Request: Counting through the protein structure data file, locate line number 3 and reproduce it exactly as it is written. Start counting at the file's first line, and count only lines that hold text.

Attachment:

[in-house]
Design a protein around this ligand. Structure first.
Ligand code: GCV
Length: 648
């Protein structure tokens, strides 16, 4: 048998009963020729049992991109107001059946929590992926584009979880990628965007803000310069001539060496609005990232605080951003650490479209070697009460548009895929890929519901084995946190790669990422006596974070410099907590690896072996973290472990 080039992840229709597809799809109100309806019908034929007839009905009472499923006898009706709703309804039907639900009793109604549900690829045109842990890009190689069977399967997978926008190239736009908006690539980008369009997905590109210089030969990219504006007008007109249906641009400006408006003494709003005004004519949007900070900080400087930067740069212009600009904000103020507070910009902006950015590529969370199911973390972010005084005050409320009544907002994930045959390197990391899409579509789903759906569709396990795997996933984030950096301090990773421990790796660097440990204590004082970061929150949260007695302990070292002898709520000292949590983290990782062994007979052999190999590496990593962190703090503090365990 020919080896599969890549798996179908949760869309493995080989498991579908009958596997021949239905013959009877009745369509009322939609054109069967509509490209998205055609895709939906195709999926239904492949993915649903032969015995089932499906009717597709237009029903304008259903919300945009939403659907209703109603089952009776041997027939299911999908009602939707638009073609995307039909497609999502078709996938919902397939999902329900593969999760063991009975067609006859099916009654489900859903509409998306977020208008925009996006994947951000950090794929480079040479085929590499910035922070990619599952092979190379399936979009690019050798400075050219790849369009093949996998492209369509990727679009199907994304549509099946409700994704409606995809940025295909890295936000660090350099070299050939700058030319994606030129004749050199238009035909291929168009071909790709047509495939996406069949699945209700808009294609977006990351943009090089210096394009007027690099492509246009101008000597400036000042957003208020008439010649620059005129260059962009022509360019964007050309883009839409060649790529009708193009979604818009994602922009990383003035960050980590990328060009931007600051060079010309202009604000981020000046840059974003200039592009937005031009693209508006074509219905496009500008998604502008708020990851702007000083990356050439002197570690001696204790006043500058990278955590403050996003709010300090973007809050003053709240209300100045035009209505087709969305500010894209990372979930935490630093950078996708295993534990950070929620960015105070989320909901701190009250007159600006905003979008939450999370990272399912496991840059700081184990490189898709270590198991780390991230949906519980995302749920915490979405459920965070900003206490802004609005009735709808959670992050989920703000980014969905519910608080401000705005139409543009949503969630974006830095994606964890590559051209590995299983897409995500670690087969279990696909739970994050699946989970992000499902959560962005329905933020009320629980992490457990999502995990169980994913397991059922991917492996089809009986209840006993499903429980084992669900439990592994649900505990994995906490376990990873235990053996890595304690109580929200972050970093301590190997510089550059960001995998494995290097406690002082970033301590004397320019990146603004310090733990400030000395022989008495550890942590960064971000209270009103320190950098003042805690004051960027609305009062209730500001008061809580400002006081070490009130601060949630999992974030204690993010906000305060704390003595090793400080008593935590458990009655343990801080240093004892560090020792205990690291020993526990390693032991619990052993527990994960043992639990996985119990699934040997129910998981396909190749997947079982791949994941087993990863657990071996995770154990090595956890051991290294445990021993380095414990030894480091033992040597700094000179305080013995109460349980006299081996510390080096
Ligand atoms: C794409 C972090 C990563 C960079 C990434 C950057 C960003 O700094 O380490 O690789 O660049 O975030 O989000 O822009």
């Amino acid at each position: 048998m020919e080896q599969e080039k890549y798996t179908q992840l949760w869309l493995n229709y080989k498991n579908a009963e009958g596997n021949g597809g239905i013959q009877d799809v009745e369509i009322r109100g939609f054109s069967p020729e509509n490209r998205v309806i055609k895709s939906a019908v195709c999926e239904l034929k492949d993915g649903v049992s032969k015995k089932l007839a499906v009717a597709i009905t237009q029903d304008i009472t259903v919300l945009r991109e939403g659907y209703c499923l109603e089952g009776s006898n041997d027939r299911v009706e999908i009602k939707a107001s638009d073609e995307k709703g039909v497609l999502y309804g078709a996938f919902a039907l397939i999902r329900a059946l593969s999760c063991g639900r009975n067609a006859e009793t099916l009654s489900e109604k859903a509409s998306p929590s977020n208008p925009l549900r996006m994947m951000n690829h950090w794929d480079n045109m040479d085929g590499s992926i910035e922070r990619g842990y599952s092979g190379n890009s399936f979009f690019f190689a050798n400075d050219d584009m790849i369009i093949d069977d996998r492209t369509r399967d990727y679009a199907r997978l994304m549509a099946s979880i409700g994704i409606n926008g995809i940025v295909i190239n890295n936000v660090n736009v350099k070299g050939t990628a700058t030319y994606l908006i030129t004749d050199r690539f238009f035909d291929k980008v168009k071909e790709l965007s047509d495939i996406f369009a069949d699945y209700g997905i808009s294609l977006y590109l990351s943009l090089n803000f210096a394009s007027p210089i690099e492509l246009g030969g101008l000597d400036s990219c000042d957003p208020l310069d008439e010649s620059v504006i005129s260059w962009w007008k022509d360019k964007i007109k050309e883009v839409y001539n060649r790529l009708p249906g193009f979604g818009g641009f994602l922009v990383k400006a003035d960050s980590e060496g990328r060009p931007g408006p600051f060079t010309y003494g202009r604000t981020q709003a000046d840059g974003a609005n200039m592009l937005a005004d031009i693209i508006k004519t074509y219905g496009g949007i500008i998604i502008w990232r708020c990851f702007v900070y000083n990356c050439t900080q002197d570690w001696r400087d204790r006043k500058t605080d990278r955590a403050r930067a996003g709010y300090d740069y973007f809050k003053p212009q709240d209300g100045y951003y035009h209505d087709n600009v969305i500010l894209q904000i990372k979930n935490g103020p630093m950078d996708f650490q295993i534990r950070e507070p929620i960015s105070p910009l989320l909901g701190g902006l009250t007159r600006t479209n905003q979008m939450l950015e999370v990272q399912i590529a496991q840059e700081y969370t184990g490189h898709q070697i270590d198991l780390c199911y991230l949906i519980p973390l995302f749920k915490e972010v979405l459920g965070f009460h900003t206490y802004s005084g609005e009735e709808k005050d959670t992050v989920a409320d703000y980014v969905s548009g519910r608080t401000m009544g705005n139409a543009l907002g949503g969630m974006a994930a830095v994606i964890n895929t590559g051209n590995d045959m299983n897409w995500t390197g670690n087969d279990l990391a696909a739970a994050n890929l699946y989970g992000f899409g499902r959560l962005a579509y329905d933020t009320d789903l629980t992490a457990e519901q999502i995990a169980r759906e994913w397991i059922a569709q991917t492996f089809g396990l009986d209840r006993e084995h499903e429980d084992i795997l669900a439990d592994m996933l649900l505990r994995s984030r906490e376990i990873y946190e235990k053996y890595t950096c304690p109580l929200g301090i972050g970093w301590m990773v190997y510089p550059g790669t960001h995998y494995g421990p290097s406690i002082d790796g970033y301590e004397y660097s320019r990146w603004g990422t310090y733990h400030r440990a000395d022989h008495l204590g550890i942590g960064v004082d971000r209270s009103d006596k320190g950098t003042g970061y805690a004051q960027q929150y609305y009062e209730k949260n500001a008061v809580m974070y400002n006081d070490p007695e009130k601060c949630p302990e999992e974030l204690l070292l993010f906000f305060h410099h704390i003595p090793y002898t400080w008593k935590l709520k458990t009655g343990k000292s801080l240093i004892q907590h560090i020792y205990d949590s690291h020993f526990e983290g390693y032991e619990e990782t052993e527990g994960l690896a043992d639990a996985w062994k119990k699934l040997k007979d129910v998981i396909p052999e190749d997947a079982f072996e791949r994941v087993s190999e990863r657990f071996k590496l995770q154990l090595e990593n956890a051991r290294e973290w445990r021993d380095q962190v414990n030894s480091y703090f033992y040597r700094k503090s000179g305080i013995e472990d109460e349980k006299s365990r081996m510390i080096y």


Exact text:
Ligand code: GCV